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Trump imposes new sanctions on Iran's metals trade

US president announces fresh sanctions amid heightened tension between Washington and Tehran
Worker at Iran Alloy Steel Company's plant in central Iranian city of Yazd (AFP/File photo)

One year after the United States withdrew from the Iran nuclear deal, President Donald Trump imposed strict new sanctions on the country, just hours after Tehran announced plans to pull out of parts of the landmark accord.

The Trump administration on Wednesday announced a new round of sanctions that will target Iran's metals trade - iron, steel, aluminum and copper, specifically.

In an executive order, Trump said the new sanctions prohibit "the sale, supply, or transfer to Iran of significant goods or services used in connection with the iron, steel, aluminum, or copper sectors of Iran".

The move comes amid heightened tension between Iran and the US, which earlier this week deployed an aircraft carrier, as well as ships and bombers, to the Middle East to respond to what US officials described as troubling "indications and warnings" from Iran.

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In a statement accompanying Wednesday's sanctions order, Trump called Iran's metals industries "the regime's largest non-petroleum-related sources of export revenue".

"Today's action targets Iran's revenue from the export of industrial metals - 10 percent of its export economy - and puts other nations on notice that allowing Iranian steel and other metals into your ports will no longer be tolerated," he said.

The US Treasury said on Wednesday that these latest sanctions will take effect in 90 days.

Trump's executive order forces the treasury department to slap sanctions on any entity that engages with Iran in the "purchase, acquisition, sale, transport, or marketing" of the metals.

Shortly after Trump's decision, US Secretary of State Mike Pompeo released a statement praising Trump's move and saying that it was made to prevent Iran from obtaining a nuclear weapon, even though the UN and other countries have said that Iran has continually upheld the nuclear deal.

"We will continue to impose maximum pressure on the regime until it abandons its destabilizing ambitions.  We call on the international community to hold the Iranian regime accountable for its threat to expand its nuclear program," Pompeo said.

He added that that the US was willing to negotiate with Iran, but only if it accepts 12 pre-conditions.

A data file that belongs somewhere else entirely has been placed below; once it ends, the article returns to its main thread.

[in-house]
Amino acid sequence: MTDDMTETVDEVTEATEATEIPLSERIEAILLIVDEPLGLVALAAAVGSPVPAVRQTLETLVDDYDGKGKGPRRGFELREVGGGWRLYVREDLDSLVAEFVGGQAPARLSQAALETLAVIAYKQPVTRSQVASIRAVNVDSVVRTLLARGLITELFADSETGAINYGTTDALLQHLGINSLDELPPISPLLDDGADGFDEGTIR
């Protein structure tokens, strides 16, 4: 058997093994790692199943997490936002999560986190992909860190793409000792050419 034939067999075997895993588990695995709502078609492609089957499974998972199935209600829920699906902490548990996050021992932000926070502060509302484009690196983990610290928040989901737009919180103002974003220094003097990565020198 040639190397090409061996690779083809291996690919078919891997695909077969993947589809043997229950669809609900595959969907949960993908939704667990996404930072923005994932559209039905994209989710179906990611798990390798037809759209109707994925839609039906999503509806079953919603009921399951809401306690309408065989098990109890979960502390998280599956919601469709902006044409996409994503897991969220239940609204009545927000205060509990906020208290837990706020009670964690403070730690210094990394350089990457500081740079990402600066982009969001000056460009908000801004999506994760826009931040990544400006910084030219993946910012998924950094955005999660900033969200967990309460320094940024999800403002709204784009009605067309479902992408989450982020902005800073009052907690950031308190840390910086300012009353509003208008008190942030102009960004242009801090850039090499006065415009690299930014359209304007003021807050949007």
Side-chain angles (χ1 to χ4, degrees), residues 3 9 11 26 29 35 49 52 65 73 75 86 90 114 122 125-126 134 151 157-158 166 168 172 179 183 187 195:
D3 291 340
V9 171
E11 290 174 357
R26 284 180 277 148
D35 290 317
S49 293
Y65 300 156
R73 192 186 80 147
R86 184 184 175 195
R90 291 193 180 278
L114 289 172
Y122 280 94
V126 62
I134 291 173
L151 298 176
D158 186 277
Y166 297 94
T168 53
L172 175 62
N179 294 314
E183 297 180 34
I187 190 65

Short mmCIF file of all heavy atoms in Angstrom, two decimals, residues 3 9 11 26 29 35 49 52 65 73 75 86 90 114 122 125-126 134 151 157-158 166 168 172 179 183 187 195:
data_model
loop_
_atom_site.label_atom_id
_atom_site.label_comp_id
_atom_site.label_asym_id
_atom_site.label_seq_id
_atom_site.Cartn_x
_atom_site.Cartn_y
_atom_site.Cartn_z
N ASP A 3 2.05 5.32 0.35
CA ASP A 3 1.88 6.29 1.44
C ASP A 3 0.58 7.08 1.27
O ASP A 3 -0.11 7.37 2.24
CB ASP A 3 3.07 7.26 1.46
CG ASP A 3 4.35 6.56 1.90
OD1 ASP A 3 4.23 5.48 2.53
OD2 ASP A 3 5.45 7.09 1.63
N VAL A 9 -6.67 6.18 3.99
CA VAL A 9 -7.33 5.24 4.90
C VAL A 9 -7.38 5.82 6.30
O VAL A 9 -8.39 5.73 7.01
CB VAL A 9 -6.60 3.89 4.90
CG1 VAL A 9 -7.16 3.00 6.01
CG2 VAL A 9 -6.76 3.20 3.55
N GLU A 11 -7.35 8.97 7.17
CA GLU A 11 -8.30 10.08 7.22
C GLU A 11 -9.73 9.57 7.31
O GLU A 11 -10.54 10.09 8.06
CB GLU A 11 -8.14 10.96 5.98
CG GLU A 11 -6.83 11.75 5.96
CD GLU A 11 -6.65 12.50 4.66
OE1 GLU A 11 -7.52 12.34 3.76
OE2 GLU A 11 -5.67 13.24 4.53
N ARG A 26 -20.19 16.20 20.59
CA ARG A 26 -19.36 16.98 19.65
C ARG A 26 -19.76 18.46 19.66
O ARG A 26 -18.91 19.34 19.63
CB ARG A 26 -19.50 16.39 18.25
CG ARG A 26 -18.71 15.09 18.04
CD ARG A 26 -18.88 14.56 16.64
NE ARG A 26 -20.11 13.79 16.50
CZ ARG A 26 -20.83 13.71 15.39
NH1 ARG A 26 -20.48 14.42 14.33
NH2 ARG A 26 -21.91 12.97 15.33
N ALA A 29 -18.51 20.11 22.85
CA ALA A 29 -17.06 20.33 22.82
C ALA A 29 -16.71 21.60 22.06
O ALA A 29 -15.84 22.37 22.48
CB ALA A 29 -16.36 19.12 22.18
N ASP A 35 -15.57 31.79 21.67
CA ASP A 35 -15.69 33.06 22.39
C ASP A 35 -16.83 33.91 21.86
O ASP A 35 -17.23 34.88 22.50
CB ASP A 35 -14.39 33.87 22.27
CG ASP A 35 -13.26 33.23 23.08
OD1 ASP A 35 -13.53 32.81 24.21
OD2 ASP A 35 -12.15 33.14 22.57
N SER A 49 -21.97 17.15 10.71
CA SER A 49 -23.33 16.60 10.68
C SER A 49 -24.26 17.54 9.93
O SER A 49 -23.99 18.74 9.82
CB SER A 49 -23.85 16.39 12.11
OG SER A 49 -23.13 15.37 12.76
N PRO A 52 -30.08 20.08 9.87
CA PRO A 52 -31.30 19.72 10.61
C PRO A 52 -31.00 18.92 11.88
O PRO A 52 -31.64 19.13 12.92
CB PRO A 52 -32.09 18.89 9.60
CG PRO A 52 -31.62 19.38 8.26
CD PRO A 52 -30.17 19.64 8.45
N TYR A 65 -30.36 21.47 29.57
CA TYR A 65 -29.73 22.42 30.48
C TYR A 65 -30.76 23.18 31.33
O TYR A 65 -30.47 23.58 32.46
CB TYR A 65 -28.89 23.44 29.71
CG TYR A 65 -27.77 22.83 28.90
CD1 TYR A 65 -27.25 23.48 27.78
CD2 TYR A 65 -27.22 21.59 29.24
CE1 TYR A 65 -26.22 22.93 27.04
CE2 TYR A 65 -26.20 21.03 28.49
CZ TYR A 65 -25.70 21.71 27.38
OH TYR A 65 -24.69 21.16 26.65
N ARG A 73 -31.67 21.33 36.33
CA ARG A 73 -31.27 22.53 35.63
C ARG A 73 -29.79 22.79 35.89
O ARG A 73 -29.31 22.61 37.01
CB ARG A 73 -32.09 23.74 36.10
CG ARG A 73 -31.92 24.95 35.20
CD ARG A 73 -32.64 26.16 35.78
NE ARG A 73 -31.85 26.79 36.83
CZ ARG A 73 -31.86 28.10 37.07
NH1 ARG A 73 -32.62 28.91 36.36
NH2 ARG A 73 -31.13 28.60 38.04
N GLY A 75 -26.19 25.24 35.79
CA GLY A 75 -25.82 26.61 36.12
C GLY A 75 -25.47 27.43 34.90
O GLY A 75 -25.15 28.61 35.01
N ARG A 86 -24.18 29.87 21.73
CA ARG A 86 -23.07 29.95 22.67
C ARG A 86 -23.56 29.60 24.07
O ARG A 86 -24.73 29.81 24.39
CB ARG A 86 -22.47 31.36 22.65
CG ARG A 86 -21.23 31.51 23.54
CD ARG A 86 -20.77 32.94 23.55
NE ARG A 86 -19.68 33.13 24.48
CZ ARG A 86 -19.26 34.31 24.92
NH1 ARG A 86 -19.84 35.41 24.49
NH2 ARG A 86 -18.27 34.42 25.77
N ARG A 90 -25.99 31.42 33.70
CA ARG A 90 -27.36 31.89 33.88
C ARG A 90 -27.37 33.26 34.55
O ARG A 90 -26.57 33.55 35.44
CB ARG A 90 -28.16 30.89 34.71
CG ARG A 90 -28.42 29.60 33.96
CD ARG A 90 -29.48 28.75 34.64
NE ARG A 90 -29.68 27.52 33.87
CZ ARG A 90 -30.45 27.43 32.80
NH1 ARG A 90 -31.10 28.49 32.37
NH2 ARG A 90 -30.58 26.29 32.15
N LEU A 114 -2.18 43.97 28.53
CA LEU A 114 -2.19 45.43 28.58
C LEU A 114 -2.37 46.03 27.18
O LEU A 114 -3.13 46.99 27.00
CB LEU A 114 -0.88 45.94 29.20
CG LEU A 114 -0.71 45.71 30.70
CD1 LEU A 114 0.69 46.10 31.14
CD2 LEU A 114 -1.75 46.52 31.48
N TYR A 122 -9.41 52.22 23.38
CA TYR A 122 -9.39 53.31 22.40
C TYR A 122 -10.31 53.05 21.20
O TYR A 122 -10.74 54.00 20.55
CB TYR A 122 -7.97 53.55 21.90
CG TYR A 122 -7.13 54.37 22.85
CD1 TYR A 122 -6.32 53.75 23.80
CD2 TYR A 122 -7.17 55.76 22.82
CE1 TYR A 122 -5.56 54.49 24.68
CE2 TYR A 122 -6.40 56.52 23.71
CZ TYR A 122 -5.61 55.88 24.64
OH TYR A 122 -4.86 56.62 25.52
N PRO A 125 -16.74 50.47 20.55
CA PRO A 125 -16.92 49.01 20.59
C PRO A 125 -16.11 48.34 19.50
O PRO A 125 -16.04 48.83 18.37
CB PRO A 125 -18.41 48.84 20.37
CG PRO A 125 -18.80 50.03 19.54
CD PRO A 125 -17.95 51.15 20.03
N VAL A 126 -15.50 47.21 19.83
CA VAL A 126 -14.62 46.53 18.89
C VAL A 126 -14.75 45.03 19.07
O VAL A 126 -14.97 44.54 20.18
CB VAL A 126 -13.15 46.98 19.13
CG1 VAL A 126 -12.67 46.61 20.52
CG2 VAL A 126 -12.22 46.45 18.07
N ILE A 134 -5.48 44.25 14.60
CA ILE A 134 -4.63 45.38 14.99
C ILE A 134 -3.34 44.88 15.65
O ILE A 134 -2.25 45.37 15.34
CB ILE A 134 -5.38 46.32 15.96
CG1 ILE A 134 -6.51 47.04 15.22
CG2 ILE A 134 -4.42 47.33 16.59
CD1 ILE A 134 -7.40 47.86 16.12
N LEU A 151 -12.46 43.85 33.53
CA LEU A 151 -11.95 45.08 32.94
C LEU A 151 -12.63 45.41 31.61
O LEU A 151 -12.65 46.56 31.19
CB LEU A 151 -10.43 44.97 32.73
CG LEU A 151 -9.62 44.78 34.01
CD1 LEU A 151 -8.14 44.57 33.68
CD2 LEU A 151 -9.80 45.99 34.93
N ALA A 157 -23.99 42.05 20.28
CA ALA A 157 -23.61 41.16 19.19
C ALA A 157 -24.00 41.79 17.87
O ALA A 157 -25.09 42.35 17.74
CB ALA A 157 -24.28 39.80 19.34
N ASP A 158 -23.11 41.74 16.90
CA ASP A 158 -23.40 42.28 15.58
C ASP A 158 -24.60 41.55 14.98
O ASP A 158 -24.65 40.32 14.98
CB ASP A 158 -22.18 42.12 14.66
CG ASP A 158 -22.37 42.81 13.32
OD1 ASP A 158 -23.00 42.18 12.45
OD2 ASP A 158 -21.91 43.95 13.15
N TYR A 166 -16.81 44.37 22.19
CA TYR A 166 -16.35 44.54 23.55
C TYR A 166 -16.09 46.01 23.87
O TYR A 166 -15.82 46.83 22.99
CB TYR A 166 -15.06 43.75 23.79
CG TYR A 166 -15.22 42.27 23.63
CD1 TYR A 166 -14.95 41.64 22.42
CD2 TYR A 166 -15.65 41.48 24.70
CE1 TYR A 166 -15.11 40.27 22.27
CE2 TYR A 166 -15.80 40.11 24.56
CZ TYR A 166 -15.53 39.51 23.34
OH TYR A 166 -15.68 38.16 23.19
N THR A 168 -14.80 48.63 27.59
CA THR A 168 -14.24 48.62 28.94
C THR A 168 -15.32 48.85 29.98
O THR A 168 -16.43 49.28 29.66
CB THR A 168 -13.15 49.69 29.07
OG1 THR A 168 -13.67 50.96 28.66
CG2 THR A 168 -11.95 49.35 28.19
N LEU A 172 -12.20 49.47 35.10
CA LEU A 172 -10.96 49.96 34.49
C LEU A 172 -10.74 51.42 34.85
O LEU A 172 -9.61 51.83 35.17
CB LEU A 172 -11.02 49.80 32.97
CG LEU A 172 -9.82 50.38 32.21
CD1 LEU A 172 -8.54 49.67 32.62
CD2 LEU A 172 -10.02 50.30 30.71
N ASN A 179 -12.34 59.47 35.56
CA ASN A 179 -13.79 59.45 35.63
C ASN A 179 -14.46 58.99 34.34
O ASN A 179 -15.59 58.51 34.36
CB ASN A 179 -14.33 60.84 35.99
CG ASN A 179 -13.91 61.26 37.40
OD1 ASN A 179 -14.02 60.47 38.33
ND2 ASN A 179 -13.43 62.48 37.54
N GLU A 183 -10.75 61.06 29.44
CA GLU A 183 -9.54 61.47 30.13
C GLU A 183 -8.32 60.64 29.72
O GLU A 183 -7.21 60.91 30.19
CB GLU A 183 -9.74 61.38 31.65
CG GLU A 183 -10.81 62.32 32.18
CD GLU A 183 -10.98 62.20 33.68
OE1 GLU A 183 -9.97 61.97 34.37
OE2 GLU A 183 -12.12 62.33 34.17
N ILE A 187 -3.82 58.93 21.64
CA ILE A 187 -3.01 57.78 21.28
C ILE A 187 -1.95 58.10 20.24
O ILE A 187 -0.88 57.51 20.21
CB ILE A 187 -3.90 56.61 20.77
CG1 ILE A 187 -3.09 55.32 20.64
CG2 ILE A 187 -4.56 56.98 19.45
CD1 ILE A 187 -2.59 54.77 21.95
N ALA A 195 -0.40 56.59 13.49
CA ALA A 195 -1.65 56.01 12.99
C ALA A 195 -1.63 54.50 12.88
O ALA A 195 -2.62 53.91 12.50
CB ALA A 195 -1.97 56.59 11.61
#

Hardline stance

Last autumn, Trump imposed economic sanctions on other sectors of the Iranian economy, including its critical oil industry, to apply financial pressure and stem its influence in the region.

Still, the White House temporarily granted a series of sanctions waivers to countries that imported oil from Iran. Those waivers expired last week.

Experts told Middle East Eye at the time that the previous set of sanctions were not likely to topple Iran's government, despite their designated aim.

"Economic pain will be immense but it will not topple the regime," Dr Trita Parsi, an Iranian expert, said earlier this month.

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The sanctions are one element of the Trump administration's hardline stance towards Tehran.

Last May, the administration withdrew from the 2015 Iranian nuclear deal, a move that drew criticism from some of Washington's closest allies, who remain committed to the multilateral agreement.

Earlier in the day on Wednesday, Iran President Hassan Rouhani said Tehran was pulling out of key commitments in that deal.

In a speech broadcast on national television, Rouhani said Iran would keep enriched uranium stocks in the country rather than sell them abroad.

Rouhani also told the remaining signatories to the nuclear accord - Britain, France, Germany, China and Russia - they had 60 days to make good on their promises to protect Iran's oil and banking sectors against US sanctions.

A few hours later, France called on Iran to adhere to the 2015 deal and expressed determination that financial channels and exports stay open.

But White House official Tim Morrison cautioned against Europe's Special Purpose Vehicle, a financial mechanism designed to skirt US sanctions.

"If you are a bank, an investor, an insurer or other business in Europe you should know that getting involved in the ... Special Purpose Vehicle is a very poor business decision," Morrison said.

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